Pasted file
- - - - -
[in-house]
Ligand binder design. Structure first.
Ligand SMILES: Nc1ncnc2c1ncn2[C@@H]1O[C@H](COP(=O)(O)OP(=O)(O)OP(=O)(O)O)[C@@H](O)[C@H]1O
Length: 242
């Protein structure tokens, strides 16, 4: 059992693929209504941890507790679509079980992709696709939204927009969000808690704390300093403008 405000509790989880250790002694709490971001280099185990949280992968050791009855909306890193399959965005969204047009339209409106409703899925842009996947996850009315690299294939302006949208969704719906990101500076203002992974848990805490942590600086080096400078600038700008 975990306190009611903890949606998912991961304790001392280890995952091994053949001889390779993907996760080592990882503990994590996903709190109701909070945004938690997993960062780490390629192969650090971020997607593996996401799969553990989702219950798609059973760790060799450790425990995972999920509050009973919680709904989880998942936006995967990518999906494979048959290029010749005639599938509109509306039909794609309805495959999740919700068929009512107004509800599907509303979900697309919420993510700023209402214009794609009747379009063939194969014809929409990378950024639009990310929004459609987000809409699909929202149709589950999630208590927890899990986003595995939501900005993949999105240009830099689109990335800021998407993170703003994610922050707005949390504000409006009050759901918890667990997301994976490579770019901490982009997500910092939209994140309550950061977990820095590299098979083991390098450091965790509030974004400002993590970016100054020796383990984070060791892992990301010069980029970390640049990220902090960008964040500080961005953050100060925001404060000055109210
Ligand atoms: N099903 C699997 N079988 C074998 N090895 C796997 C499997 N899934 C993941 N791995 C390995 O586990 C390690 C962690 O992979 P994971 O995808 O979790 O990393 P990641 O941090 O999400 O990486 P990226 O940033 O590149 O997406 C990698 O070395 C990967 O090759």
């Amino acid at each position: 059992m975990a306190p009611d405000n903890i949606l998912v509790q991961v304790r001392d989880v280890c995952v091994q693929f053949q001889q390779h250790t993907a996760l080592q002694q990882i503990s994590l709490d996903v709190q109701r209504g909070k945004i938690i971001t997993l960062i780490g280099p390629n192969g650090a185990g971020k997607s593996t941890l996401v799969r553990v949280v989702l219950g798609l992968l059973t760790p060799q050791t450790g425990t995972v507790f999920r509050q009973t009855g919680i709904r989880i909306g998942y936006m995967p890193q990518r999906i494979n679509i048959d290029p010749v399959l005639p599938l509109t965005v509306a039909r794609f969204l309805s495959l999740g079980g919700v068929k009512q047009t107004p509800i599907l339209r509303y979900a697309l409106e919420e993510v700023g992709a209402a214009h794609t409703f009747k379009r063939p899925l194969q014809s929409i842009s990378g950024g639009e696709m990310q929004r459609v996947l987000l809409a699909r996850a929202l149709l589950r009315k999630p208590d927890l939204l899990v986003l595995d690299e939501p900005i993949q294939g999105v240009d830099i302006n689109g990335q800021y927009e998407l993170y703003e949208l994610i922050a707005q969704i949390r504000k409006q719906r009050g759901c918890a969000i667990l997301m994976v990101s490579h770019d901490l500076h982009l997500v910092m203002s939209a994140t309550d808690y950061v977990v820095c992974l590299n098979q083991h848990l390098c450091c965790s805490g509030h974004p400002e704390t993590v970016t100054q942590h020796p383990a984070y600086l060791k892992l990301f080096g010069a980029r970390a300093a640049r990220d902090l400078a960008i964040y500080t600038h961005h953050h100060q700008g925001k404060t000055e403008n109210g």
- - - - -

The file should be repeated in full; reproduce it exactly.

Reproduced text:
[in-house]
Ligand binder design. Structure first.
Ligand SMILES: Nc1ncnc2c1ncn2[C@@H]1O[C@H](COP(=O)(O)OP(=O)(O)OP(=O)(O)O)[C@@H](O)[C@H]1O
Length: 242
């Protein structure tokens, strides 16, 4: 059992693929209504941890507790679509079980992709696709939204927009969000808690704390300093403008 405000509790989880250790002694709490971001280099185990949280992968050791009855909306890193399959965005969204047009339209409106409703899925842009996947996850009315690299294939302006949208969704719906990101500076203002992974848990805490942590600086080096400078600038700008 975990306190009611903890949606998912991961304790001392280890995952091994053949001889390779993907996760080592990882503990994590996903709190109701909070945004938690997993960062780490390629192969650090971020997607593996996401799969553990989702219950798609059973760790060799450790425990995972999920509050009973919680709904989880998942936006995967990518999906494979048959290029010749005639599938509109509306039909794609309805495959999740919700068929009512107004509800599907509303979900697309919420993510700023209402214009794609009747379009063939194969014809929409990378950024639009990310929004459609987000809409699909929202149709589950999630208590927890899990986003595995939501900005993949999105240009830099689109990335800021998407993170703003994610922050707005949390504000409006009050759901918890667990997301994976490579770019901490982009997500910092939209994140309550950061977990820095590299098979083991390098450091965790509030974004400002993590970016100054020796383990984070060791892992990301010069980029970390640049990220902090960008964040500080961005953050100060925001404060000055109210
Ligand atoms: N099903 C699997 N079988 C074998 N090895 C796997 C499997 N899934 C993941 N791995 C390995 O586990 C390690 C962690 O992979 P994971 O995808 O979790 O990393 P990641 O941090 O999400 O990486 P990226 O940033 O590149 O997406 C990698 O070395 C990967 O090759």
């Amino acid at each position: 059992m975990a306190p009611d405000n903890i949606l998912v509790q991961v304790r001392d989880v280890c995952v091994q693929f053949q001889q390779h250790t993907a996760l080592q002694q990882i503990s994590l709490d996903v709190q109701r209504g909070k945004i938690i971001t997993l960062i780490g280099p390629n192969g650090a185990g971020k997607s593996t941890l996401v799969r553990v949280v989702l219950g798609l992968l059973t760790p060799q050791t450790g425990t995972v507790f999920r509050q009973t009855g919680i709904r989880i909306g998942y936006m995967p890193q990518r999906i494979n679509i048959d290029p010749v399959l005639p599938l509109t965005v509306a039909r794609f969204l309805s495959l999740g079980g919700v068929k009512q047009t107004p509800i599907l339209r509303y979900a697309l409106e919420e993510v700023g992709a209402a214009h794609t409703f009747k379009r063939p899925l194969q014809s929409i842009s990378g950024g639009e696709m990310q929004r459609v996947l987000l809409a699909r996850a929202l149709l589950r009315k999630p208590d927890l939204l899990v986003l595995d690299e939501p900005i993949q294939g999105v240009d830099i302006n689109g990335q800021y927009e998407l993170y703003e949208l994610i922050a707005q969704i949390r504000k409006q719906r009050g759901c918890a969000i667990l997301m994976v990101s490579h770019d901490l500076h982009l997500v910092m203002s939209a994140t309550d808690y950061v977990v820095c992974l590299n098979q083991h848990l390098c450091c965790s805490g509030h974004p400002e704390t993590v970016t100054q942590h020796p383990a984070y600086l060791k892992l990301f080096g010069a980029r970390a300093a640049r990220d902090l400078a960008i964040y500080t600038h961005h953050h100060q700008g925001k404060t000055e403008n109210g």